But that doesn’t make either one of you right or wrong. It just means the two of you were not meant to be.

    So all is as it should be.

  8. 38
    Ron

    Samantha,

    You are setting yourself up for a major personal lawsuit by posting personal material of someone else on YouTube and posting pictures of “cheaters” on a website when they have not given you the photos to do so.

    I am not defending cheaters, and I believe what goes around comes around.

    But, you should brush up on Internet law or else you are going to get cleaned out by a personal civil lawsuit.

    I have just read of cases where people’s reputations were damaged online by someone doing what you are doing, and the juries are very sympathetic to the victims.

    Not a good idea. But you’ll probably have to learn the hard way.

  9. 39
    Selena

    Evan,
    Some people DO forgive cheating. And some who cheat decide to keep their mouths shut about it. There are people who choose to look the other way about cheating to preserve their lifestyle as well. That’s the real world.

    The INCENTIVE should be NOT to cheat.
    It’s the idea that you should be either be prepared to forgive cheating, or be prepared to be lied to about it that is absurd.

  10. 40
    Steve

    Selena;
    I thought you have a very good point about the perils of his ex-gf possibly straining a resume relationship in the future by throwing his activities back in his face. I have two friends who were almost divorced over something like that.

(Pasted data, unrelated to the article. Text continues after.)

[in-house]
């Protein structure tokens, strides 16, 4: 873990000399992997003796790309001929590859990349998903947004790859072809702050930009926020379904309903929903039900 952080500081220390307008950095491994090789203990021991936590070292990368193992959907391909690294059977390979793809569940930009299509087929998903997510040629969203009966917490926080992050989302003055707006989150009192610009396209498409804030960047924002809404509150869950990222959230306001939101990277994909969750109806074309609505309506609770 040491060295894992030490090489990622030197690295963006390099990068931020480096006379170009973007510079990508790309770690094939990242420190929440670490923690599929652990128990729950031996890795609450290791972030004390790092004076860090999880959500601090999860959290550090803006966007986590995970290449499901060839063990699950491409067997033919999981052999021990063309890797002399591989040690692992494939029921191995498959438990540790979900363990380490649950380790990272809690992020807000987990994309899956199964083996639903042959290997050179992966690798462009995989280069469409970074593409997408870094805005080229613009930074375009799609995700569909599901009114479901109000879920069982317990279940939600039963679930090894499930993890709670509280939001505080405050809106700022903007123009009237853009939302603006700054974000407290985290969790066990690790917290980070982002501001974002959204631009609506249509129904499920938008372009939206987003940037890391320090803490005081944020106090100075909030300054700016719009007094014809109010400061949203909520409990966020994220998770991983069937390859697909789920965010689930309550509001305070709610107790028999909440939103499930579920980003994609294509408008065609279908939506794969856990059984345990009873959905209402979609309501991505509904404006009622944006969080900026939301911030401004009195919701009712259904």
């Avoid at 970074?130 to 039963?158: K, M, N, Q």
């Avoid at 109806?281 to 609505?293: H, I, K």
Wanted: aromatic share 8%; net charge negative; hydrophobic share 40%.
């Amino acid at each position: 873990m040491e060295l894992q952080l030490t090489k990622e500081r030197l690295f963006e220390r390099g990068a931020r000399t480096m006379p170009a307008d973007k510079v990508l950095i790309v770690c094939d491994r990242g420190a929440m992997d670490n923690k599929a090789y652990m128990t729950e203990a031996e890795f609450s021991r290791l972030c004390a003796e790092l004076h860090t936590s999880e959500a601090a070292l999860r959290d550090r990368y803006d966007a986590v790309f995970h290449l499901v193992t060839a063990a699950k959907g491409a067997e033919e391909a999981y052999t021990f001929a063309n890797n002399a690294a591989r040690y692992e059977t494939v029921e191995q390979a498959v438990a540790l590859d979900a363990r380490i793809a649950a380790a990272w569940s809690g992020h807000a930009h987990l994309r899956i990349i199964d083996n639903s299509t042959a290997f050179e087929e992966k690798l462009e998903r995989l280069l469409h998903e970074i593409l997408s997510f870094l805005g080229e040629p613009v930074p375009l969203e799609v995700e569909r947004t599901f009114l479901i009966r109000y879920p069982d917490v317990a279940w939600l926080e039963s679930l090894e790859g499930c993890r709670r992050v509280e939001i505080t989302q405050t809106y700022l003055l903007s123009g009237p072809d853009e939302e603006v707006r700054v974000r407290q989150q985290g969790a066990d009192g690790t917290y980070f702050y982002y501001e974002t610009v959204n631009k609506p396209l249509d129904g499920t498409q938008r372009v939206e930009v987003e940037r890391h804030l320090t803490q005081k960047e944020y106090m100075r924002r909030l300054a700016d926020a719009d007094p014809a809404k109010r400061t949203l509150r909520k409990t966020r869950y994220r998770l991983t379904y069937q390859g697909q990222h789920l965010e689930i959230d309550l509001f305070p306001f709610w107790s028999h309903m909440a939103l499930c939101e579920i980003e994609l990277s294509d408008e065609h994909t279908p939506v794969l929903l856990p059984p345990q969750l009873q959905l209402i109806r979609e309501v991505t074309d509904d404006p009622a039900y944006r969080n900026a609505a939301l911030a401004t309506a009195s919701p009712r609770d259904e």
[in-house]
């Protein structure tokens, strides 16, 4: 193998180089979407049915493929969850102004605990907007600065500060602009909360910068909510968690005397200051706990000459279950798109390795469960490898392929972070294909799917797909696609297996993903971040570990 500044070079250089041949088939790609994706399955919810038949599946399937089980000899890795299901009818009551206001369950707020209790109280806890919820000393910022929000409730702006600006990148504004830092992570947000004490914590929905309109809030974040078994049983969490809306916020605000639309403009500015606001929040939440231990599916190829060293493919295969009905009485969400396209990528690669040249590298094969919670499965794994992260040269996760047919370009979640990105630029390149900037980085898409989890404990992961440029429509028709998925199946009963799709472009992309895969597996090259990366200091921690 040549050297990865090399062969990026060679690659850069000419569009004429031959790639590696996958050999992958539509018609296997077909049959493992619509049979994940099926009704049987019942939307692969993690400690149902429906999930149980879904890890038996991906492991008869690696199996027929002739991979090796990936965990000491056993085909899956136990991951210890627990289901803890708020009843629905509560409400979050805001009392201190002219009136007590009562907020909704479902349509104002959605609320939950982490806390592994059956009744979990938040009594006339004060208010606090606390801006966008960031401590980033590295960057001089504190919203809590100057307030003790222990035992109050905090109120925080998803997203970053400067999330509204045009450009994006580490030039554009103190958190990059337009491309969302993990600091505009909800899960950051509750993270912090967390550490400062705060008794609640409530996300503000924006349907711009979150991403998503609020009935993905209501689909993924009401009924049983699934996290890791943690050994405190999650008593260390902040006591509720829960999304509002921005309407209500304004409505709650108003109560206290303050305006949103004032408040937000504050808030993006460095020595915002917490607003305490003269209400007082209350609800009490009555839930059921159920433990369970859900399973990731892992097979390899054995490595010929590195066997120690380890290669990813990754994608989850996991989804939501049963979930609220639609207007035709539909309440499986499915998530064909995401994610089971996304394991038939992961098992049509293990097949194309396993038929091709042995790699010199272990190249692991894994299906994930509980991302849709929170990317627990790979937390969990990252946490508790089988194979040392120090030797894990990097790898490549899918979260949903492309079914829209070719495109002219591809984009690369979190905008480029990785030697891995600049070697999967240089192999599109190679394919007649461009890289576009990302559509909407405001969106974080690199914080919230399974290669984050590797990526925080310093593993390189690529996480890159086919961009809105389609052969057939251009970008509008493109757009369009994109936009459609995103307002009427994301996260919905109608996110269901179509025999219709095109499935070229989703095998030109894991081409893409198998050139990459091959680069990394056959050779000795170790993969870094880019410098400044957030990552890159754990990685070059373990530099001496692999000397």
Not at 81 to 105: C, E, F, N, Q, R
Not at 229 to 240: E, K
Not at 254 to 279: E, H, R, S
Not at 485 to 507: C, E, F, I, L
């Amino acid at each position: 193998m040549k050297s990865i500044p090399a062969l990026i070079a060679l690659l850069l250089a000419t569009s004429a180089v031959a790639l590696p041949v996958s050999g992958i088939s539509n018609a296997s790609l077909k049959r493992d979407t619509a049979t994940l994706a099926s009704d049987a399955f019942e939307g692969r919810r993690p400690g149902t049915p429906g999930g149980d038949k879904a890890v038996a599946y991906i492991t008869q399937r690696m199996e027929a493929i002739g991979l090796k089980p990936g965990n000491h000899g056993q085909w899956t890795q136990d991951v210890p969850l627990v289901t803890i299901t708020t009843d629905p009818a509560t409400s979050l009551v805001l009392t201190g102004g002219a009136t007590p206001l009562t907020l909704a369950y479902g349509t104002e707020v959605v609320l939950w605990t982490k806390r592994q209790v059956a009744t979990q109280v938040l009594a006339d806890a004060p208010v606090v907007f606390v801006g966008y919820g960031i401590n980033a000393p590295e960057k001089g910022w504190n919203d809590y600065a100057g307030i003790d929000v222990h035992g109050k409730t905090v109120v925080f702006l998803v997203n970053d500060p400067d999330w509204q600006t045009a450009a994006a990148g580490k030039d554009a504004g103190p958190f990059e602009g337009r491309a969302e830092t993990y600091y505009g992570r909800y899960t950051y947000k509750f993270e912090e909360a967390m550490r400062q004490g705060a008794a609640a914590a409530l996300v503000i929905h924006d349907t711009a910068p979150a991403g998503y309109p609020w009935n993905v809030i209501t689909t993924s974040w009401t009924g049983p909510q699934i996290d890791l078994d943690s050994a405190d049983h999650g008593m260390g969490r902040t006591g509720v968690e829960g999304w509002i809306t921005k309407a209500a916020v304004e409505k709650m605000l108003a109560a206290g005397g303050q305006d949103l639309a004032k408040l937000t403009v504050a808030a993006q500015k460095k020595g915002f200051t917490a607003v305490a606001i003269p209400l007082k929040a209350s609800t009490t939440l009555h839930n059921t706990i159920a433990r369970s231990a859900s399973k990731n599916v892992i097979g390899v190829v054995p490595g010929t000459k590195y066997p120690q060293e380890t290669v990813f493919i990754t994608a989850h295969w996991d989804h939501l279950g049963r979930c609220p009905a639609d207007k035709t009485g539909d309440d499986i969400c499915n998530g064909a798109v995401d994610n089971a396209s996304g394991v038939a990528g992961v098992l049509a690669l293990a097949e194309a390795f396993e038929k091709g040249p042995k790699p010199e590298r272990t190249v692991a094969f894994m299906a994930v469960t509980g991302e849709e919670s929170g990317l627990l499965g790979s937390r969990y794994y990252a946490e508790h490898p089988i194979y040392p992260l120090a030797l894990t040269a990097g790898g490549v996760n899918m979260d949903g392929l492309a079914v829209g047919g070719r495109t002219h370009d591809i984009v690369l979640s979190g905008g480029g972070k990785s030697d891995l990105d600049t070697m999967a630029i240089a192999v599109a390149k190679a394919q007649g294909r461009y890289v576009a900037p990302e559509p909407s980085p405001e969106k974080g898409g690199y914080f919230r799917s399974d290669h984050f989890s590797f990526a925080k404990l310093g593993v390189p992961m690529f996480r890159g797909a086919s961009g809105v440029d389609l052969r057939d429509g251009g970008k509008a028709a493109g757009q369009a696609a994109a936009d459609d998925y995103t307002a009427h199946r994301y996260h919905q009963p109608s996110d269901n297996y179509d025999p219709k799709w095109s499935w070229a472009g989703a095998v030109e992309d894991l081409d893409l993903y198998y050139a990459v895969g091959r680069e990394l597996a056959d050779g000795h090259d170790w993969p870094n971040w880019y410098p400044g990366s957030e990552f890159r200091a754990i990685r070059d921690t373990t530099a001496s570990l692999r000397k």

Samanthah;
    When I first read your post my thought was “serves the bum right”, but I think it also makes you look dangerous. Payback is finite. At some point a person has paid for their crime and been punished. You need to know when to quit.

  11. 41
    Ron

    I’ll say one more thing about this subject (I’d like to put it in big bold 18 size font if I could):

    If someone breaks up with you, it is none of their damn business how long it takes you to get “over them.” It’s none of your business if it takes them 5 minutes (whith a shrug of the shoulder whenever they think of you) or 5 years.

    This is the main argument here over Brian’s letter. I say, if this woman broke up with Brian, Brian is free to sleep with another woman 5 minutes after the breakup (or sooner if he has a booty call on speed dial).

    Women (or men) that have a problem with that are just letting their own egos and insecurities get in the way of it. This is not a sexist issue at all. Same rules apply to men who break up with the woman.

    The offended party (Brian’s ex in this case) just want to know that the man (or woman) is suffering for X amount of time after the break up. That makes them feel better. It makes them feel like they were truly loved.

    Give me a break. These people don’t know what love is. Love is wanting the best for the other person, not hoping they suffer for weeks after the breakup just to satisfy their own petty egos.

    I’ll say it again. If you break up with someone, that person is a free agent, and can sleep with anyone or do anything they please with the opposite sex. If you give such a rat’s ass about them, then don’t break up with them to begin with.